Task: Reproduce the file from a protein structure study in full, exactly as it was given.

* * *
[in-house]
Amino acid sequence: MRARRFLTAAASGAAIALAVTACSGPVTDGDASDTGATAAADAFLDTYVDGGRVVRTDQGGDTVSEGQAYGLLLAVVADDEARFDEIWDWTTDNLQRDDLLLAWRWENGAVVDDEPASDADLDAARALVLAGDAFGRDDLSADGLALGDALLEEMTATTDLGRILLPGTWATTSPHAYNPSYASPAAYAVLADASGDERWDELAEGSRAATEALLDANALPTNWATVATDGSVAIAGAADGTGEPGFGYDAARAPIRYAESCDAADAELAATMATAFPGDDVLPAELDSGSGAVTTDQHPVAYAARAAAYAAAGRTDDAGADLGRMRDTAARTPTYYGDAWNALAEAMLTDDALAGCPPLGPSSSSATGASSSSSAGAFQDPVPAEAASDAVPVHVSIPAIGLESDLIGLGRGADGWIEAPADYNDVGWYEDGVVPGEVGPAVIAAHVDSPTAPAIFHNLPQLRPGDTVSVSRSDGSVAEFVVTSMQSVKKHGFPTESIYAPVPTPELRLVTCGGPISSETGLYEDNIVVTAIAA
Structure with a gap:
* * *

[in-house]
Amino acid sequence: MRARRFLTAAASGAAIALAVTACSGPVTDGDASDTGATAAADAFLDTYVDGGRVVRTDQGGDTVSEGQAYGLLLAVVADDEARFDEIWDWTTDNLQRDDLLLAWRWENGAVVDDEPASDADLDAARALVLAGDAFGRDDLSADGLALGDALLEEMTATTDLGRILLPGTWATTSPHAYNPSYASPAAYAVLADASGDERWDELAEGSRAATEALLDANALPTNWATVATDGSVAIAGAADGTGEPGFGYDAARAPIRYAESCDAADAELAATMATAFPGDDVLPAELDSGSGAVTTDQHPVAYAARAAAYAAAGRTDDAGADLGRMRDTAARTPTYYGDAWNALAEAMLTDDALAGCPPLGPSSSSATGASSSSSAGAFQDPVPAEAASDAVPVHVSIPAIGLESDLIGLGRGADGWIEAPADYNDVGWYEDGVVPGEVGPAVIAAHVDSPTAPAIFHNLPQLRPGDTVSVSRSDGSVAEFVVTSMQSVKKHGFPTESIYAPVPTPELRLVTCGGPISSETGLYEDNIVVTAIAA
Structure with a gap: